Research has found that spending time outdoors with others improves your well-being, for example by reducing the negative impacts of social comparison. Sitting in a crowd also often means eating outside – something people are known to be pretty unenthusiastic about. The best way to feel like you've taken a step away from the world is to stop being so connected and actually disconnect. Pack your favourite lunch, then head to the woods or a nearby park for a long lunch by the water or by a nearby pond.

Study In The Sunshine

6. Study In The Sunshine

Whatever the case may be, there are a number of ways you can turn down your computer and seize that moment to listen to the silence. Try walking for a while in nature – a park, or even the countryside. This may be enough to get your senses fully into the moment and to help yourself relax.

It may seem strange at first to have your eyes be drawn to such a bright and colourful subject as nature. But it is well known that low-light conditions, such as indoor lighting in our homes or offices, can cause strain and fatigue to the eyes, just as regular, direct sunlight can.

Instead, get outside where you can see lots of colour and light. Even if you don't have time to be hiking or walking or doing any other kind of outdoor activity, simply sitting somewhere with lots of natural light can help reduce your stress levels. The development of vitamin D in our bodies and the improvement of our moods are two of the most well-known benefits of sunlight. You'll be substantially more awake and less tired in the afternoon if you study in the sun (but not direct sunlight). This will increase your productivity.

Simmer In Spring

7. Simmer In Spring

When spring arrives, you can be immersed in nature without even leaving your home. The season has a bit of a temperamental quality – the buds of green aren't always the ripest, and they have to go through a period of dormancy and warming temperatures before the seeds can germinate and produce fruits or flowers, such as trees or shrubs. That means that the plants of spring can be especially surprising – like colourful tulips or crocuses that pop through the ground and explode into the green of summer.

Spring also brings wildlife out of hibernation, which can be an appealing distraction. Sometimes it's butterflies, birds and other fascinating creatures. Or it can be the sounds of animals, from the rushing rush of a stream to the rustling of grass to the sound of a deer running. Step out into nature – find a public green space – but don't just stay there, especially if it’s sunny and you’re in shorts and a t-shirt. Walk, run, take a stroll, stroll around a lake, or start to jog or even a light run on your favourite bike path.

If it’s a weekday, the ambient sounds of cars, planes, trains and buses will keep you on alert. In the spring, wildlife will start to stir, so you can look around at colourful birds, insects, butterflies, and blooming plants. If it’s later in the year, look up to watch the leaves change colours and turn your gaze toward the sky. You’ll get a glimpse of a wide range of light levels from bright sunshine to dusk. What better way to release stress than watching the changing colours of the trees?

Go Camping

8. Go Camping

When you get out into nature, you're likely to notice a lot of people who aren't going at all, and some who are building a campsite, playing some music, and all of the sudden everyone else is leaving. Don't feel too bad if you're feeling the same way: camping can be hard on your social life when you don't have many places to go to in nature. It's really important to take time to relax in nature if you don't normally enjoy spending time in it.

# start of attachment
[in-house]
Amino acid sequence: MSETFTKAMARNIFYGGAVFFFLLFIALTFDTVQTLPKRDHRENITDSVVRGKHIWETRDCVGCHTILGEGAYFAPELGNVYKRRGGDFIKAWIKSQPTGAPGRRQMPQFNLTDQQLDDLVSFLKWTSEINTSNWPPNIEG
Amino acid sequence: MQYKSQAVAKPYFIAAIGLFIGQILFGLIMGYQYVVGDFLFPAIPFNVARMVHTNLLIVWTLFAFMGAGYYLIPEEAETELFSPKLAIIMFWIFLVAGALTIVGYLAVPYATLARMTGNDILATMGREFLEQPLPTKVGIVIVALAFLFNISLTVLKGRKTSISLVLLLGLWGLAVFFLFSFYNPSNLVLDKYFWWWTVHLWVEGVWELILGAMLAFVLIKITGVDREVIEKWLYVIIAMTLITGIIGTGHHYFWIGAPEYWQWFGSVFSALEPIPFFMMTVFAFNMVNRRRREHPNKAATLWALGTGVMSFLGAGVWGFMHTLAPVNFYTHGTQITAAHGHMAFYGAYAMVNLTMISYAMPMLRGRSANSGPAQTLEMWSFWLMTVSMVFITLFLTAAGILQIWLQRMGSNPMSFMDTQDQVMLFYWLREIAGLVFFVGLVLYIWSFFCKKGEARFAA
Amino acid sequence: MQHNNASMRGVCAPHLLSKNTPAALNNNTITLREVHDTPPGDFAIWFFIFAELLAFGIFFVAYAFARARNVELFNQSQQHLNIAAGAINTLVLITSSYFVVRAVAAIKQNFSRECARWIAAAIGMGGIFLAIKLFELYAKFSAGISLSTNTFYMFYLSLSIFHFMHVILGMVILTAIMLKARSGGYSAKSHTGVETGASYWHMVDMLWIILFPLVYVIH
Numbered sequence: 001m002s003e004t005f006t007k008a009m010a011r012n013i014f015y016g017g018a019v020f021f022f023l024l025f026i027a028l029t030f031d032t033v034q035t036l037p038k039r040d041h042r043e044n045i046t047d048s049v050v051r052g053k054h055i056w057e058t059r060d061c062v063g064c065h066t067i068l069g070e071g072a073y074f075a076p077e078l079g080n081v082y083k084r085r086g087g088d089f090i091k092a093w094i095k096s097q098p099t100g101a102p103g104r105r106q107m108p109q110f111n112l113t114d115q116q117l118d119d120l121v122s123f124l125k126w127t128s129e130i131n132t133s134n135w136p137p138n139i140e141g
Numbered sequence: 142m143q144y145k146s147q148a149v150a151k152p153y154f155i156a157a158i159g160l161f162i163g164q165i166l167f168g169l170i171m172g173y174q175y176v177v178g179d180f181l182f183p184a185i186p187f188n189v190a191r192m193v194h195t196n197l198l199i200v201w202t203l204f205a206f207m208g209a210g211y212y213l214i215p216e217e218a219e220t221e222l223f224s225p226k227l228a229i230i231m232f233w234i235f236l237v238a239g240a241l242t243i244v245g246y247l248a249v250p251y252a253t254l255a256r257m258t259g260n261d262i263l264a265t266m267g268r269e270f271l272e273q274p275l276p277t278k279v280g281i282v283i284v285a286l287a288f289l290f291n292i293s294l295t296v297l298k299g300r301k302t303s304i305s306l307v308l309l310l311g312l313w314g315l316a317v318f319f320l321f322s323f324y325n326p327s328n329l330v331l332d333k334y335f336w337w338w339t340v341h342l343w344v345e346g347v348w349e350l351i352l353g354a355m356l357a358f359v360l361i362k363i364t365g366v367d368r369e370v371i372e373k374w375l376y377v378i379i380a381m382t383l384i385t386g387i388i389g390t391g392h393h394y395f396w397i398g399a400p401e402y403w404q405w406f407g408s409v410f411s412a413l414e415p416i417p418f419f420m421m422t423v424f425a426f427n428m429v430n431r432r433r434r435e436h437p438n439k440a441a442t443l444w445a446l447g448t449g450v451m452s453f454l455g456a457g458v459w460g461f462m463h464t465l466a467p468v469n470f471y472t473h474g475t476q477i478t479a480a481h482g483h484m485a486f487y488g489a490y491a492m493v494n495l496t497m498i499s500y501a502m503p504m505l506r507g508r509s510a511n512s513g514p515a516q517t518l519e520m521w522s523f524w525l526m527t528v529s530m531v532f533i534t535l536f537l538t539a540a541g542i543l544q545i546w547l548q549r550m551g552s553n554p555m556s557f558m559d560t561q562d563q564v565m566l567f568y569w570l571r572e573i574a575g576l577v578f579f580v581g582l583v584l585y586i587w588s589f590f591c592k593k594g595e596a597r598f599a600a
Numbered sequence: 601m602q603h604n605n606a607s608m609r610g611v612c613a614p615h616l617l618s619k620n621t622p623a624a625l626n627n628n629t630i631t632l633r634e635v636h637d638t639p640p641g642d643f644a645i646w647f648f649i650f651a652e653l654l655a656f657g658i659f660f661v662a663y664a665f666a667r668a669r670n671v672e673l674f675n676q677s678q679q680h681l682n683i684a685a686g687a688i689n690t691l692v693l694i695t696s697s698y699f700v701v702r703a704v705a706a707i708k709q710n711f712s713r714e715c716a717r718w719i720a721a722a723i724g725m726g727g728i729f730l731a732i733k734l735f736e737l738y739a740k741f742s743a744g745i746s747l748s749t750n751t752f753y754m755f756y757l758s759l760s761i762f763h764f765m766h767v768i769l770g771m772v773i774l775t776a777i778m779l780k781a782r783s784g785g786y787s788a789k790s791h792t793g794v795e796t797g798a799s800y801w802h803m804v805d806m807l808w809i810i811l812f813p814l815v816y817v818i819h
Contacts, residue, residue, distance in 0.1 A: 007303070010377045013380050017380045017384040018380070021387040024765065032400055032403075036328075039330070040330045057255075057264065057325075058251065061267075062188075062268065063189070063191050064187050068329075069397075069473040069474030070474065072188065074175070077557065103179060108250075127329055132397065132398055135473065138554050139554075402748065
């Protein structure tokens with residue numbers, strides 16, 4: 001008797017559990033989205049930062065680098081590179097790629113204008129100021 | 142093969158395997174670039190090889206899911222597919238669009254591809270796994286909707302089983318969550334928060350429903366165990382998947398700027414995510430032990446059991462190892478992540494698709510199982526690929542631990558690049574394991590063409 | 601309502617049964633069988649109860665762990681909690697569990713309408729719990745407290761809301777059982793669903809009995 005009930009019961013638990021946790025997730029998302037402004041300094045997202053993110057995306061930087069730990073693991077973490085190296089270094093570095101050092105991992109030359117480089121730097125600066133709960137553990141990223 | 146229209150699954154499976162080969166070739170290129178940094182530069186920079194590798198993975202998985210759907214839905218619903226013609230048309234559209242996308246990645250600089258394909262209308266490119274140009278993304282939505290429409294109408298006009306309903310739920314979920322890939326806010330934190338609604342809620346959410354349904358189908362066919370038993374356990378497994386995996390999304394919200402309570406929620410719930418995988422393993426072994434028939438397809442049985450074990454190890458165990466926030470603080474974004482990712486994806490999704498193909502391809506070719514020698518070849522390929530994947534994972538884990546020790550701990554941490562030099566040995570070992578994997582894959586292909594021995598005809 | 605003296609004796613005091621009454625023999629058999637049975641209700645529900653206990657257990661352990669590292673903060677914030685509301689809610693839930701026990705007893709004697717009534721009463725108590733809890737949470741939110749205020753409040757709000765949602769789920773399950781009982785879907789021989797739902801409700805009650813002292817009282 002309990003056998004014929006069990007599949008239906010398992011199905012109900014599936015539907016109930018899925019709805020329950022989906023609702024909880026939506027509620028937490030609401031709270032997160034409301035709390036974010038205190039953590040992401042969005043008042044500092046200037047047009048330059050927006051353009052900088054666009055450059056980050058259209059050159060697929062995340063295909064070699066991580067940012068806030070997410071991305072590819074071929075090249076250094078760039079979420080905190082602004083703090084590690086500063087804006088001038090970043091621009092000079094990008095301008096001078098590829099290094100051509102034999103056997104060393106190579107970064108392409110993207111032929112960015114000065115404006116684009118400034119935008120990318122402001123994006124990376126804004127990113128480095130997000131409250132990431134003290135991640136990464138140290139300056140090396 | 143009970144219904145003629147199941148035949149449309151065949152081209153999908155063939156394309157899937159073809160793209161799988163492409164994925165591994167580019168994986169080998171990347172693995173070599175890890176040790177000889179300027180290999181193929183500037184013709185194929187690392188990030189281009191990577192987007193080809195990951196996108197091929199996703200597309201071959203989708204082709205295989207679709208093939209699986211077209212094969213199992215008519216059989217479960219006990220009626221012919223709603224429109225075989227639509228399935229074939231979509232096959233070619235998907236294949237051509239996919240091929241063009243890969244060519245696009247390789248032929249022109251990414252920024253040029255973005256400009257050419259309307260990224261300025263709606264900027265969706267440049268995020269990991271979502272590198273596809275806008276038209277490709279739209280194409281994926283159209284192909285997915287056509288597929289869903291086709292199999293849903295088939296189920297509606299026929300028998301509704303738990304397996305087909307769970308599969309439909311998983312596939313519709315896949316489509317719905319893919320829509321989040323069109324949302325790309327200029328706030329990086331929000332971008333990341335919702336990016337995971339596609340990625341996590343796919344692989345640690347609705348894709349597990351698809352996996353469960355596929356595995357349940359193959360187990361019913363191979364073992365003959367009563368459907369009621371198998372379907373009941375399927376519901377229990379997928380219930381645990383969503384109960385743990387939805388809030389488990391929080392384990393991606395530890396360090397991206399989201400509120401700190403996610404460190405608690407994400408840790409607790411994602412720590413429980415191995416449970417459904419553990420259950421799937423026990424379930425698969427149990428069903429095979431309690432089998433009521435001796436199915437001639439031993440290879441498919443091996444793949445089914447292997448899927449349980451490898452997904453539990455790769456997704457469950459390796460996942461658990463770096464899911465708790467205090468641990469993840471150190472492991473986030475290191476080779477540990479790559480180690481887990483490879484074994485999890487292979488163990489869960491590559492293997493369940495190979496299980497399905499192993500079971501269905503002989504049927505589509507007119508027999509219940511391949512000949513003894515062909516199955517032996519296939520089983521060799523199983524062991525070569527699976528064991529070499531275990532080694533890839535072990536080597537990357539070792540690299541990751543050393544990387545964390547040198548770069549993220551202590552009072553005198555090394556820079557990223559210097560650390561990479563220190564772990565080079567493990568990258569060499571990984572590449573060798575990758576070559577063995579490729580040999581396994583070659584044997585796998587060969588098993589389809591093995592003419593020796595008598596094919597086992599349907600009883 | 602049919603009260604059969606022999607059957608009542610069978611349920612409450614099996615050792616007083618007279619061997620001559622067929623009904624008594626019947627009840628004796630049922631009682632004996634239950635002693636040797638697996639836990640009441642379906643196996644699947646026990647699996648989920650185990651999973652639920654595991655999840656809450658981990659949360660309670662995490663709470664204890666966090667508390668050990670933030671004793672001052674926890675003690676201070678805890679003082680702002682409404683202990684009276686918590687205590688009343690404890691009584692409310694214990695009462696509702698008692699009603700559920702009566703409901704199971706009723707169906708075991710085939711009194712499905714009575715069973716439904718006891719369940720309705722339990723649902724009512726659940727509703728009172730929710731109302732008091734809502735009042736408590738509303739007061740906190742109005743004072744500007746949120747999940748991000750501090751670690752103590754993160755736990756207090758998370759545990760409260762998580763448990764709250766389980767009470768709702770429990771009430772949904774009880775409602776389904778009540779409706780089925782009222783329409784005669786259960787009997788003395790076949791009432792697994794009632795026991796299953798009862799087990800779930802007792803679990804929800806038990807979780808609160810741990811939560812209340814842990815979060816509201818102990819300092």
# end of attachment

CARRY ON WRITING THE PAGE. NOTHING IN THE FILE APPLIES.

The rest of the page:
Set your phone on the beach, pack a pad and some headphones, and set up camp – not just for a few hours, but for a whole weekend. The beauty of nature doesn't last forever. Get up early, watch the sunrise, and make a home wherever you're at. Even if it's only for a few hours, that can do wonders for your mental health. Camping is one of the best ways to experience the great outdoors, despite the fact that it may seem self-evident.

Being in an environment where you can appreciate trees, lakes, sunlight, birds, and other natural details can assist your mind to relax and put you in a quiet, serene mindset. The majority of people are accustomed to living in cities, where all they see are skyscrapers, congested streets, cars honking, and other forms of visual and auditory pollution. Getting away from these kinds of situations can help you clear your head and relax emotionally.

Head To The Beach

9. Head To The Beach

Head out to the beach to take in the sunlight and smell the salt air. Clamber into the sea and get some sand between your toes. Between your toes, the feel of sand Our bodies and minds have been shown to be stimulated by walking barefoot in the sand. This is referred to as grounding in science. Walking barefoot on the beach activates many nerves and acupuncture points in our feet, which helps to calm and relax us.

The combined relaxing effects of the waves and sun are enough to let a person forget about their worries. The sun's heat, the sound of the waves, and your toes in the sand can all assist to relieve tension and stress. The beach is quiet and tranquil, making it ideal for unwinding and enjoying the sound of the waves and the warmth of the sun. The benefits of relaxing on the beach are numerous for both the body and the mind.


Many of us are unable to have an unplugged weekend. If you want to make the most out of the beautiful sunny days we're currently experiencing, you'll need to make sure you have the means and motivation to get outside. Try one or more of these expert-approved methods for clearing your mind and enjoying an unplugged break. Enjoy nature and harvest the benefits of relieving stress.

I trust you enjoyed this article about the 9 Best Ways To Relieve Stress With Nature. Please stay tuned for more blog posts to come shortly.